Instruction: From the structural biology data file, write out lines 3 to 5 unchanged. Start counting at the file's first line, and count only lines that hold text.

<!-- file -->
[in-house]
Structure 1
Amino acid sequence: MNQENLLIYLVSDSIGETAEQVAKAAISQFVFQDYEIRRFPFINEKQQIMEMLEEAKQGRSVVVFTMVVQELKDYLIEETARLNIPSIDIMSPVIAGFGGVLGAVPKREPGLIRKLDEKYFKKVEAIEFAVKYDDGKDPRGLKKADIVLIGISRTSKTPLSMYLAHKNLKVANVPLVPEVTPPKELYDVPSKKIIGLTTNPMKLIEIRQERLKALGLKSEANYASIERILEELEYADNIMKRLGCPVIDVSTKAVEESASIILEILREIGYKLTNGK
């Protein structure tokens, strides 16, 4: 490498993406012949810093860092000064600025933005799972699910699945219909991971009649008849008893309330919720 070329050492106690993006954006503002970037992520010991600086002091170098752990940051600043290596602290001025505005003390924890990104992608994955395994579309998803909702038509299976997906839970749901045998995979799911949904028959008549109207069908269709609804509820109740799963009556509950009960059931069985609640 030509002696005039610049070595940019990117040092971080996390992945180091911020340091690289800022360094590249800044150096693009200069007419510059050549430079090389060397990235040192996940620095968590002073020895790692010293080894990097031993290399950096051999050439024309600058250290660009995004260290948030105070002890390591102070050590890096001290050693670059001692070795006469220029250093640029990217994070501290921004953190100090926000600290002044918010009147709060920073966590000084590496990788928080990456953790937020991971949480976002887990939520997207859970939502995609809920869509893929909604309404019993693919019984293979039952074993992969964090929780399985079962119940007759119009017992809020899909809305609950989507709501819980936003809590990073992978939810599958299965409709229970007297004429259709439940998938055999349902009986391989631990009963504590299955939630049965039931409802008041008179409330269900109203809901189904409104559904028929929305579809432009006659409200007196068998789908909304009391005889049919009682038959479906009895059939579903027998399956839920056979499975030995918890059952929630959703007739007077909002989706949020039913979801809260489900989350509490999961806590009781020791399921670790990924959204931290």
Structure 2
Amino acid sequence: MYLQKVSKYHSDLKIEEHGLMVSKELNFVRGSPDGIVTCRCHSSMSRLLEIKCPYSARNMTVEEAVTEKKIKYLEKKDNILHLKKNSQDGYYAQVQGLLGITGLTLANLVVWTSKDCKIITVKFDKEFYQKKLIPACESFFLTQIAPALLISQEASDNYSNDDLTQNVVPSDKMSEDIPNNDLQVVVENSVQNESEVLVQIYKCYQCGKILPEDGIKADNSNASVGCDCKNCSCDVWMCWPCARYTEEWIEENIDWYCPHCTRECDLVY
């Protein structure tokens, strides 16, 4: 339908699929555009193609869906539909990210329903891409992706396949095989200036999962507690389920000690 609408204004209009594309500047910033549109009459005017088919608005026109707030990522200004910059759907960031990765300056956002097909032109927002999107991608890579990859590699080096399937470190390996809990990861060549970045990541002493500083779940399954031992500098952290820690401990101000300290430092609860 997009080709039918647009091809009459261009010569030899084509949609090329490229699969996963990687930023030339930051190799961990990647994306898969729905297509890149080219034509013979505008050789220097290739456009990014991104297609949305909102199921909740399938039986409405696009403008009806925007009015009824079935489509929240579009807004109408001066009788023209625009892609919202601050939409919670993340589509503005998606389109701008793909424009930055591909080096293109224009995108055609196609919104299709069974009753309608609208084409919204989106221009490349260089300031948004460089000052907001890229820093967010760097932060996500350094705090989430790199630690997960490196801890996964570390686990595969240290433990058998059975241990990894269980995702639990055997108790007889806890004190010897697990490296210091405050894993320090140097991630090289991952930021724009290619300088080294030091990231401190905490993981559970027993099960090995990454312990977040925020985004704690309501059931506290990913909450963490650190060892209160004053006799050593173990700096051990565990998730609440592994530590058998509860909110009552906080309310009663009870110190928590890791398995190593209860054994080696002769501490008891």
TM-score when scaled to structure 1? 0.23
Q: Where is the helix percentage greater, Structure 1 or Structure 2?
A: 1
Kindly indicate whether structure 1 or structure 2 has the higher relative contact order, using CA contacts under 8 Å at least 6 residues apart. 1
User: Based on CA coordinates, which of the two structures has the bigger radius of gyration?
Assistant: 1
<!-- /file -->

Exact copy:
Amino acid sequence: MNQENLLIYLVSDSIGETAEQVAKAAISQFVFQDYEIRRFPFINEKQQIMEMLEEAKQGRSVVVFTMVVQELKDYLIEETARLNIPSIDIMSPVIAGFGGVLGAVPKREPGLIRKLDEKYFKKVEAIEFAVKYDDGKDPRGLKKADIVLIGISRTSKTPLSMYLAHKNLKVANVPLVPEVTPPKELYDVPSKKIIGLTTNPMKLIEIRQERLKALGLKSEANYASIERILEELEYADNIMKRLGCPVIDVSTKAVEESASIILEILREIGYKLTNGK
């Protein structure tokens, strides 16, 4: 490498993406012949810093860092000064600025933005799972699910699945219909991971009649008849008893309330919720 070329050492106690993006954006503002970037992520010991600086002091170098752990940051600043290596602290001025505005003390924890990104992608994955395994579309998803909702038509299976997906839970749901045998995979799911949904028959008549109207069908269709609804509820109740799963009556509950009960059931069985609640 030509002696005039610049070595940019990117040092971080996390992945180091911020340091690289800022360094590249800044150096693009200069007419510059050549430079090389060397990235040192996940620095968590002073020895790692010293080894990097031993290399950096051999050439024309600058250290660009995004260290948030105070002890390591102070050590890096001290050693670059001692070795006469220029250093640029990217994070501290921004953190100090926000600290002044918010009147709060920073966590000084590496990788928080990456953790937020991971949480976002887990939520997207859970939502995609809920869509893929909604309404019993693919019984293979039952074993992969964090929780399985079962119940007759119009017992809020899909809305609950989507709501819980936003809590990073992978939810599958299965409709229970007297004429259709439940998938055999349902009986391989631990009963504590299955939630049965039931409802008041008179409330269900109203809901189904409104559904028929929305579809432009006659409200007196068998789908909304009391005889049919009682038959479906009895059939579903027998399956839920056979499975030995918890059952929630959703007739007077909002989706949020039913979801809260489900989350509490999961806590009781020791399921670790990924959204931290």
Structure 2